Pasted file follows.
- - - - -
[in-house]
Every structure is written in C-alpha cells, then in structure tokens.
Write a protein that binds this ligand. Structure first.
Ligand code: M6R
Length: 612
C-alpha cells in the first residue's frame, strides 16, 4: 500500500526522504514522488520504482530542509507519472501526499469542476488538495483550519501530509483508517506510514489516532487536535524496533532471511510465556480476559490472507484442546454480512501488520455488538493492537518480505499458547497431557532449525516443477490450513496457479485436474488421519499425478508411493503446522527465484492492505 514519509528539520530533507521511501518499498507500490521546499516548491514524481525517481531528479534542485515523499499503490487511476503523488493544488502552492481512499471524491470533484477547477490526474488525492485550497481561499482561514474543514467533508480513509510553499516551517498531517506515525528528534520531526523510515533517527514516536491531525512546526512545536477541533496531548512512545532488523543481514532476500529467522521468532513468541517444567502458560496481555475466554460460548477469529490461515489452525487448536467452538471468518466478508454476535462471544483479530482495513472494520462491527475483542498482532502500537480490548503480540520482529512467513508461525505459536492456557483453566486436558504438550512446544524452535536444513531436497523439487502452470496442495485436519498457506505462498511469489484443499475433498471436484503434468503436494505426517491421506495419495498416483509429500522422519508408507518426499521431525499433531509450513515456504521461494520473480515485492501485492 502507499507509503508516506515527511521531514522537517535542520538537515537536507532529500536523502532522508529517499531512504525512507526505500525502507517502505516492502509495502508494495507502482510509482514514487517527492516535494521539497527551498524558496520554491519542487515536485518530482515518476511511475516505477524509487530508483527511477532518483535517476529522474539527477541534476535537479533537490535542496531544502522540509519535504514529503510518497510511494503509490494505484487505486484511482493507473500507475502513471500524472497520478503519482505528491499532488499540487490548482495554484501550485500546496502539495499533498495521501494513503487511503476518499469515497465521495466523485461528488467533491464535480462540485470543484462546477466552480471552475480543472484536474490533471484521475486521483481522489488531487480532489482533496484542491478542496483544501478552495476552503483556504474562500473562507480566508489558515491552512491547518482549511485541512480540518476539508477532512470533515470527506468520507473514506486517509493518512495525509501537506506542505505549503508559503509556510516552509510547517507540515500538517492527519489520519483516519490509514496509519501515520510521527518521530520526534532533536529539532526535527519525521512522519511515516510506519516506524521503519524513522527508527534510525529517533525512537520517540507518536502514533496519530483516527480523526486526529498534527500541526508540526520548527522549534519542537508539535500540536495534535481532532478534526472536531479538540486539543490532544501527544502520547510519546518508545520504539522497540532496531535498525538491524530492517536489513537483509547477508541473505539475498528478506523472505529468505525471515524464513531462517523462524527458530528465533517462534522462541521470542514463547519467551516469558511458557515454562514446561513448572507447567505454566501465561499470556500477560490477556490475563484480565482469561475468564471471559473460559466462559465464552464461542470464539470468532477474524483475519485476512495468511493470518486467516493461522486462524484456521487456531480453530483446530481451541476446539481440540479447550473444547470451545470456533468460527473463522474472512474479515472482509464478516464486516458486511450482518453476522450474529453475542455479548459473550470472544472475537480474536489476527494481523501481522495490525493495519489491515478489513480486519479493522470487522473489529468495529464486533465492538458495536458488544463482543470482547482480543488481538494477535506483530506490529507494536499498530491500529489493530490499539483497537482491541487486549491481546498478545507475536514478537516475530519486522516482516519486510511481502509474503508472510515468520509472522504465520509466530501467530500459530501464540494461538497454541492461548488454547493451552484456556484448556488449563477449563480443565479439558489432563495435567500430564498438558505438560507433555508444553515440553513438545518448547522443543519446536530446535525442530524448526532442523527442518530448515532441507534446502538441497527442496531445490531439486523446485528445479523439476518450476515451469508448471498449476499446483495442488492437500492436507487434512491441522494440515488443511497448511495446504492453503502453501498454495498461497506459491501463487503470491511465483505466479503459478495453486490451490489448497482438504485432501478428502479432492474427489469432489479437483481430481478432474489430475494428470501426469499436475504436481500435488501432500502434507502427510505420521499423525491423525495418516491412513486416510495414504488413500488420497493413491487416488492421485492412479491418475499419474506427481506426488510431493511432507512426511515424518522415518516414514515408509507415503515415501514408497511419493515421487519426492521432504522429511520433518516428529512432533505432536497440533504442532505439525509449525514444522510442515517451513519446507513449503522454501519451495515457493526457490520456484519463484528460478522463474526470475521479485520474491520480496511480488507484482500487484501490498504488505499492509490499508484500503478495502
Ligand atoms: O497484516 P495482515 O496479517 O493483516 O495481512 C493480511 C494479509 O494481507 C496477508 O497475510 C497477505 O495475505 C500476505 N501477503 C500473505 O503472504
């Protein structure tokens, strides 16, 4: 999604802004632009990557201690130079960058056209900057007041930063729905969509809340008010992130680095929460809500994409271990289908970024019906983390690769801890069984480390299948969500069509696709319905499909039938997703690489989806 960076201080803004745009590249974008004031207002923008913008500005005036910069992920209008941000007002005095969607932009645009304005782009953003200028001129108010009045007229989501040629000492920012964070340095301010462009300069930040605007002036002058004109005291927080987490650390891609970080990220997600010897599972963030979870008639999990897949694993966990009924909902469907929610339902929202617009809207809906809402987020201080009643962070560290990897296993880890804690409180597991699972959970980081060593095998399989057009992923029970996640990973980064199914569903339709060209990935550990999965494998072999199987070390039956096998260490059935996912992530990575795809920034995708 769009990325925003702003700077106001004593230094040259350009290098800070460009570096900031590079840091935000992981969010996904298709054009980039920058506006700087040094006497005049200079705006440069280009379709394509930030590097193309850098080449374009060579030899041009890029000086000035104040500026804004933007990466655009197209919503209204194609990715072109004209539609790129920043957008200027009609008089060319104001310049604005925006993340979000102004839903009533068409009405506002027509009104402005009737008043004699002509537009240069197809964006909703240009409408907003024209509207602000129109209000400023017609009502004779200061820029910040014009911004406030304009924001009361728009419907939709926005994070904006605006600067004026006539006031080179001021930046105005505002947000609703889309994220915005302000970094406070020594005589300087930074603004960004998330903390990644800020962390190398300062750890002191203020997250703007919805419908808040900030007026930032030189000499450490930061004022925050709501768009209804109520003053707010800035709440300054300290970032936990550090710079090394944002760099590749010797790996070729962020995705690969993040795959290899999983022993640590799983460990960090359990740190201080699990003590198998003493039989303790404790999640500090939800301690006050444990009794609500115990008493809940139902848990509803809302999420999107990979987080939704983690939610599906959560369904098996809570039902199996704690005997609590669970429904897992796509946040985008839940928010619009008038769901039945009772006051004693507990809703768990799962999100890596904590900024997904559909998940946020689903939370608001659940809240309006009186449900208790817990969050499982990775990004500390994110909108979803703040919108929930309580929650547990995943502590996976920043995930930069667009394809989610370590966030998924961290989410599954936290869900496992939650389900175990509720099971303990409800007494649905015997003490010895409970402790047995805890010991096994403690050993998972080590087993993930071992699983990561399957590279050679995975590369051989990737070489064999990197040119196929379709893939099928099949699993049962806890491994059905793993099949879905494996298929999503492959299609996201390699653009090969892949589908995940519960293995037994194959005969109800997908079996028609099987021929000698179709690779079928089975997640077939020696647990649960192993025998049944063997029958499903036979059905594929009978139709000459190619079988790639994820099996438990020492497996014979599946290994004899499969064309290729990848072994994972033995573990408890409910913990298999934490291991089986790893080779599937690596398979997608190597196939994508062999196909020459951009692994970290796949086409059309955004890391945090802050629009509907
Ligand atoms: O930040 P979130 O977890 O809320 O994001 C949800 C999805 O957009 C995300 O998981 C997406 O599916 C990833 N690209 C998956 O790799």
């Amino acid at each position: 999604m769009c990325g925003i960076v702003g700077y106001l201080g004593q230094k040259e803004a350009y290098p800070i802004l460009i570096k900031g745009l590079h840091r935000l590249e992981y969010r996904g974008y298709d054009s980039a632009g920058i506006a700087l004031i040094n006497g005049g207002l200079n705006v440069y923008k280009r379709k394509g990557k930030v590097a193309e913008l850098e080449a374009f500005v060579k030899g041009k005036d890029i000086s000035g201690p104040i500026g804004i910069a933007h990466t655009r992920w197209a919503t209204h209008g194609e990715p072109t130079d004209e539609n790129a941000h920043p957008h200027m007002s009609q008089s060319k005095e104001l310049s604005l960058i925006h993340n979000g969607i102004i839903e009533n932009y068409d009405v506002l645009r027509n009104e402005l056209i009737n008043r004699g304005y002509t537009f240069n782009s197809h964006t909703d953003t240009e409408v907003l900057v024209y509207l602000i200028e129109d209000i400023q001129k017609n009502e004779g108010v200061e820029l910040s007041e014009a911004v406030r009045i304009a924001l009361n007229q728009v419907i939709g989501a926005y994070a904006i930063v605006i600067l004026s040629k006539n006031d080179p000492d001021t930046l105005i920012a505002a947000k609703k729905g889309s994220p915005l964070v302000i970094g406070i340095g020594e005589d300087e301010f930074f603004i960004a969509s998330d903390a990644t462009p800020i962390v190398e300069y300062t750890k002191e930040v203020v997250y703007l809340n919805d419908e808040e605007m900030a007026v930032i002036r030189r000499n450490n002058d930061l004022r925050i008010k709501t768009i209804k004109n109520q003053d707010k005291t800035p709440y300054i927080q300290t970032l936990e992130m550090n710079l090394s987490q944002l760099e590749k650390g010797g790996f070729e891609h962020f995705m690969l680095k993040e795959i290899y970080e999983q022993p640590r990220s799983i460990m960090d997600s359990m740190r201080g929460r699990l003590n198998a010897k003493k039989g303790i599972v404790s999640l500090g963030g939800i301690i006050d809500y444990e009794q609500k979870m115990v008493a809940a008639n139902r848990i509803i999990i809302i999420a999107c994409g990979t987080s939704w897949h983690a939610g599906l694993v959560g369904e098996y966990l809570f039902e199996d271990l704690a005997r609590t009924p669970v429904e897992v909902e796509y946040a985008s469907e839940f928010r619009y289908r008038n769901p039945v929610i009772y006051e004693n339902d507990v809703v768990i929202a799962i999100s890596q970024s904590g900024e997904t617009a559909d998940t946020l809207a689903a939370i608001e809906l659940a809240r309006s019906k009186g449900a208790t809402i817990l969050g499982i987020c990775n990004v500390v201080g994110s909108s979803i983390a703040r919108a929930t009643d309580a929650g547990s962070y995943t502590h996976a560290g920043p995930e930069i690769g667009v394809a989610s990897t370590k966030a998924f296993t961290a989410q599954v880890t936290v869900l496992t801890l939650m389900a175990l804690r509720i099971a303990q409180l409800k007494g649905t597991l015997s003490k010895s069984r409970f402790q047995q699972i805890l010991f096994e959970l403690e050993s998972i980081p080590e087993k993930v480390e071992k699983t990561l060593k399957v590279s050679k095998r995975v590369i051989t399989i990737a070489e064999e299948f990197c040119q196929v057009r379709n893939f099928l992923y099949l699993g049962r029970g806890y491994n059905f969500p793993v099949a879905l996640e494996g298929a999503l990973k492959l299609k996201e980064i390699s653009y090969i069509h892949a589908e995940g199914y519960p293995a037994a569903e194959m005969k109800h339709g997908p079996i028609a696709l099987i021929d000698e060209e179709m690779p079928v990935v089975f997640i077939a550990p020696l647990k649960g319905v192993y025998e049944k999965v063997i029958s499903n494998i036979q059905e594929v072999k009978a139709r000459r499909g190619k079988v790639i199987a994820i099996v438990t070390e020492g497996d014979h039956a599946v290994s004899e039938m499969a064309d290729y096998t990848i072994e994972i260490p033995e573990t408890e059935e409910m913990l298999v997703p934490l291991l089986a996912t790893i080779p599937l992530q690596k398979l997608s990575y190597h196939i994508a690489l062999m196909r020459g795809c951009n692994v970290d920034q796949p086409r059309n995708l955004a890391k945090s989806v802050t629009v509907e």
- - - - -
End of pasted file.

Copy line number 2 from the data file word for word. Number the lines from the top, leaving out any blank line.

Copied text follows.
Every structure is written in C-alpha cells, then in structure tokens.